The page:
Boats. Bill Williamson has owned them — sail and power — in a boating life that’s taken him from Wisconsin’s lakes to the waters of Florida’s east coast. “I started as a kid in a flat-bottomed, home-built boat my dad bought,” says Williamson, 73, of Vero Beach, Florida. “My granddad got me a 2-1/2-hp Johnson outboard, and I went all over the place in that. Didn’t care what the weather was. That was on Lake Geneva in Wisconsin. Later I had a Lyman runabout.”
He had a passion for sailing, too. Williamson graduated from his local sailing school at age 7 and went on to race in the region’s competitive scow regattas. “That was in an M16. We sailed it all over the place,” he says. He also sailed an M20 with a friend throughout Wisconsin and northern Illinois.
“I have always had the sense of how to operate a boat,” says Williamson, who was also part of a water-skiing team. “We even did a show.”
Williamson later cruised the Great Lakes on bareboat charters, and after moving to Florida he and his wife, Linda, sailed to the Bahamas and the Virgin Islands. In the process, the couple got more and more interested in cruising. “We decided we wanted to do more of that but in our own boat,” he says.
“We had a 24-foot Robalo at the time,” says Williamson. “It was a great boat, but the outboard engines were out of date.” What they had in mind was a bigger boat that they could take out for weekends. “I don’t fish as much as I did up north. We just wanted to cruise a little and anchor out.”
SPECIFICATIONS LOA: 30 feet, 2 inches BEAM: 9 feet, 6 inches DRAFT: 3 feet WEIGHT: 5,800 pounds HULL TYPE: SeaV2 PROPULSION: twin 225-hp Yamahas TANKAGE: 206 gallons fuel, 32 gallons water BUILDER: Grady-White Boats, Greenville, North Carolina, (252) 752-2111. gradywhite.com
In 2005 they found their cruiser at Vero Marine Center — a Grady-White 282 Sailfish. The seller had owned the 2005 twin-outboard walkaround for only a matter of months. The price was just over $120,000.
There was a lot to like in the Grady-White, including the 225-hp 4-stroke Yamahas. “The size was right, and I definitely wanted two engines,” Williamson says. “I liked the fact that it had a V-berth and a bunk, and there’s a nice area for cooking in the cabin.”
The sea trial impressed. The 282 Sailfish delivered a smooth ride, and the 4-strokes ran quietly. “This was so much better than what I was used to,” says Williamson. “I knew a lot about Grady-White, too. The owner of Vero Marine Center was a good friend, and he convinced me that a Grady-White was the boat for me.”
The 282 is designed primarily for fishing, but Williamson went about equipping it for weekend cruising. Cabin amenities include air conditioning, a water heater, a refrigerator/freezer and a teak dinette table. The galley is equipped with a propane stove, microwave and a refrigerator/freezer. “All the things I did, I did to make it more comfortable for cruising,” says Williamson.
The Sailfish proved the perfect boat for cruising, as the Williamsons covered the coast north and south of Stuart and along the ICW on overnights and weekends. The galley allowed them to cook on board — there’s also a gunwale-mounted grill — the enclosed head has a shower, and they always had hot water.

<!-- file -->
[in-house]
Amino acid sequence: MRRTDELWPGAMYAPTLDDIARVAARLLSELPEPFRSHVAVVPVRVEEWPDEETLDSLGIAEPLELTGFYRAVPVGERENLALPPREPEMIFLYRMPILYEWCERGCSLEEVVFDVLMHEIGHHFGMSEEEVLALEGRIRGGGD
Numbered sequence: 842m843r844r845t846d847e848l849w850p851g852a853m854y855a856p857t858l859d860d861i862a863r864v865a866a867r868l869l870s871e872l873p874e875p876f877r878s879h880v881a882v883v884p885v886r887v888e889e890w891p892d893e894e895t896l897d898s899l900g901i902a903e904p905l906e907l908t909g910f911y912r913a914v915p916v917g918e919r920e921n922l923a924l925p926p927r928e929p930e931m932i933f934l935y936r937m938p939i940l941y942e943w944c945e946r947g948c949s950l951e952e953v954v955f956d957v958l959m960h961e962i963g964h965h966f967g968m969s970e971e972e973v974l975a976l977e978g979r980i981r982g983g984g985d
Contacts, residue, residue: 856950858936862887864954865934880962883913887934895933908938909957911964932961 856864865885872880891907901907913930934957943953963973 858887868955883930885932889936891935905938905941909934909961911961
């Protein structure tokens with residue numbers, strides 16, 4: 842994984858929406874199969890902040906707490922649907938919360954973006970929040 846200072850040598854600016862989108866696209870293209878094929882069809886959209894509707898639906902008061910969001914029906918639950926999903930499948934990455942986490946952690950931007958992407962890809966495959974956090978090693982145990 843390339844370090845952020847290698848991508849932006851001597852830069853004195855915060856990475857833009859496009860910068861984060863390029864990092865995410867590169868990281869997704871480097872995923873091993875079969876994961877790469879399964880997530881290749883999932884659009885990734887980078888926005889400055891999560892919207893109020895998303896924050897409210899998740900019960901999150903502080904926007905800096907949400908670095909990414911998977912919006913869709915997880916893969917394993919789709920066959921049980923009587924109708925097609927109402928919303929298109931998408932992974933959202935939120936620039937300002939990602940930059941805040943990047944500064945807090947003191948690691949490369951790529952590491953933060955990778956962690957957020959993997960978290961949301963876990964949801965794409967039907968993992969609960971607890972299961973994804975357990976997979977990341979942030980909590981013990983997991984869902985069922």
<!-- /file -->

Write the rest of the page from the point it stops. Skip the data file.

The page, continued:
“We took a trip with the Grady Bunch [owners ’ association] to just south of Daytona,” says Williamson. “There were eight or nine other boats, and we just had a great time talking about our boats and getting to know each other. Those get-togethers are always a good time.”
Grady-White’s SeaV2 hull is designed to run to and from the fishing grounds in a variety of conditions, but the boat also is an easy-riding cruiser. “It handles great, both into the wind and waves and in following seas,” says Williamson. The boat has proved itself in another important area, as well. “Around here, we deal with going in and out of inlets, so it’s important how a boat handles them. Between natural waves and boat wakes, you have to be on top of it. Fort Pierce inlet can get rough, but it never bothered me.”
The counter-rotating Yamahas give the boat a cruising speed of around 33 mph and are “very easy on fuel,” says Williamson. “In fact, the engines are absolutely wonderful. With regular maintenance, I have had no problems with them.”
It’s been a 10-year love affair. “The Grady-White has more than lived up to its name,” says Williamson. “I like the looks of the boat, but you’re seeing just the exterior. When you work on the boat, do things to it, you can’t believe how sturdy and well-built they are.”
The 282 Sailfish is a versatile fishing platform with enough comforts to spend a night or two aboard. The walkaround design gives the boat deep, wide side decks, and side and bow rails add a measure of safety. The helm is to starboard, with a bench seat (and companion to port) and a molded fiberglass instrument panel.
The aft rigging station and fixed bench seat in original models were exchanged in 2005 for a fold-away cushioned bench and a fishbox. Fishing gear includes a 40-gallon live well under the helm seat, two fishboxes with cushions, a raw-water washdown, an insulated cooler and gunwale rod holders. Outriggers were offered as an option.
There’s a swim platform with a transom door, and the lighted cockpit has bolsters for the bench seat. This area also includes two aft-facing seats, along with a cockpit shower.
The cabin sleeps four in a V-berth and a curtained midcabin and includes basic amenities. The galley has a microwave and a fridge, and the enclosed head has a shower. The dinette doubles as the V-berth. Grady-White boats are known for their fit and finish, as evidenced by the teak cabin sole. Top speed with a pair of 225-hp Yamahas is 40 mph.
This article originally appeared in the May 2016 issue.